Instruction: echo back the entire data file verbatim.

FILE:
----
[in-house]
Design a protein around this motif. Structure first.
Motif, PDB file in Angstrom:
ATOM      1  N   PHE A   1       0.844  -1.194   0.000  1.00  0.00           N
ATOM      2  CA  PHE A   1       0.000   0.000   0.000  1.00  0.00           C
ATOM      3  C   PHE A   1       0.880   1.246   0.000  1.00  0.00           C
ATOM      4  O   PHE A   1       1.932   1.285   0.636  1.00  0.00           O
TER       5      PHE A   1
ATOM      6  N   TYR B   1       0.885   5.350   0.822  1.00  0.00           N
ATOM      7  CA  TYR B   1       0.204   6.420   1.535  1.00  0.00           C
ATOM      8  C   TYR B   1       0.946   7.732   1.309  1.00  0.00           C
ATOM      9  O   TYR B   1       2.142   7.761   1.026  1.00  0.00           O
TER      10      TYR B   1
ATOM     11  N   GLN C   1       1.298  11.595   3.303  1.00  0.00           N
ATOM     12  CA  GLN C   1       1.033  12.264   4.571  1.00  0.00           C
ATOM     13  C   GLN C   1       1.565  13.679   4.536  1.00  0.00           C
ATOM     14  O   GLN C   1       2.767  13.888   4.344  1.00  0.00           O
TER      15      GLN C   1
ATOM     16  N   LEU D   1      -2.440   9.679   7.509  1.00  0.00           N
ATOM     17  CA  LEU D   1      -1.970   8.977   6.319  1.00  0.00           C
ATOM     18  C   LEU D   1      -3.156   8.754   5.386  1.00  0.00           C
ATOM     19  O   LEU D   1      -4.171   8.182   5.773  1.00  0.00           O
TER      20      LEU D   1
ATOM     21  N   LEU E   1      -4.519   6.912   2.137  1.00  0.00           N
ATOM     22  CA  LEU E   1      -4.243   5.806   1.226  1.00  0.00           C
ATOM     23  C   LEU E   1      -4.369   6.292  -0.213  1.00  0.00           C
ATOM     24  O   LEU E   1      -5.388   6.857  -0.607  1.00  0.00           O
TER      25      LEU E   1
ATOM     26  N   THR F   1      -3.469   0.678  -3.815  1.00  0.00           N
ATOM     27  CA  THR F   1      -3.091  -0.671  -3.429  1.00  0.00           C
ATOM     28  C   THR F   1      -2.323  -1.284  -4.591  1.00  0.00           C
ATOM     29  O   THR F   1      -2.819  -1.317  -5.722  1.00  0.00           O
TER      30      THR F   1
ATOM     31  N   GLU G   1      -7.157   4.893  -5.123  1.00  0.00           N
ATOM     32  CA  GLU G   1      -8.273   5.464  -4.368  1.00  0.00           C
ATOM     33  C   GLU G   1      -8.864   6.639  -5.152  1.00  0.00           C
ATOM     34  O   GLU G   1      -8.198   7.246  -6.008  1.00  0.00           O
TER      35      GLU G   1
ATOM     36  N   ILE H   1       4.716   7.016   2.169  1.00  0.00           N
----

[in-house]
Design a protein around this motif. Structure first.
Motif, PDB file in Angstrom:
ATOM      1  N   PHE A   1       0.844  -1.194   0.000  1.00  0.00           N
ATOM      2  CA  PHE A   1       0.000   0.000   0.000  1.00  0.00           C
ATOM      3  C   PHE A   1       0.880   1.246   0.000  1.00  0.00           C
ATOM      4  O   PHE A   1       1.932   1.285   0.636  1.00  0.00           O
TER       5      PHE A   1
ATOM      6  N   TYR B   1       0.885   5.350   0.822  1.00  0.00           N
ATOM      7  CA  TYR B   1       0.204   6.420   1.535  1.00  0.00           C
ATOM      8  C   TYR B   1       0.946   7.732   1.309  1.00  0.00           C
ATOM      9  O   TYR B   1       2.142   7.761   1.026  1.00  0.00           O
TER      10      TYR B   1
ATOM     11  N   GLN C   1       1.298  11.595   3.303  1.00  0.00           N
ATOM     12  CA  GLN C   1       1.033  12.264   4.571  1.00  0.00           C
ATOM     13  C   GLN C   1       1.565  13.679   4.536  1.00  0.00           C
ATOM     14  O   GLN C   1       2.767  13.888   4.344  1.00  0.00           O
TER      15      GLN C   1
ATOM     16  N   LEU D   1      -2.440   9.679   7.509  1.00  0.00           N
ATOM     17  CA  LEU D   1      -1.970   8.977   6.319  1.00  0.00           C
ATOM     18  C   LEU D   1      -3.156   8.754   5.386  1.00  0.00           C
ATOM     19  O   LEU D   1      -4.171   8.182   5.773  1.00  0.00           O
TER      20      LEU D   1
ATOM     21  N   LEU E   1      -4.519   6.912   2.137  1.00  0.00           N
ATOM     22  CA  LEU E   1      -4.243   5.806   1.226  1.00  0.00           C
ATOM     23  C   LEU E   1      -4.369   6.292  -0.213  1.00  0.00           C
ATOM     24  O   LEU E   1      -5.388   6.857  -0.607  1.00  0.00           O
TER      25      LEU E   1
ATOM     26  N   THR F   1      -3.469   0.678  -3.815  1.00  0.00           N
ATOM     27  CA  THR F   1      -3.091  -0.671  -3.429  1.00  0.00           C
ATOM     28  C   THR F   1      -2.323  -1.284  -4.591  1.00  0.00           C
ATOM     29  O   THR F   1      -2.819  -1.317  -5.722  1.00  0.00           O
TER      30      THR F   1
ATOM     31  N   GLU G   1      -7.157   4.893  -5.123  1.00  0.00           N
ATOM     32  CA  GLU G   1      -8.273   5.464  -4.368  1.00  0.00           C
ATOM     33  C   GLU G   1      -8.864   6.639  -5.152  1.00  0.00           C
ATOM     34  O   GLU G   1      -8.198   7.246  -6.008  1.00  0.00           O
TER      35      GLU G   1
ATOM     36  N   ILE H   1       4.716   7.016   2.169  1.00  0.00           N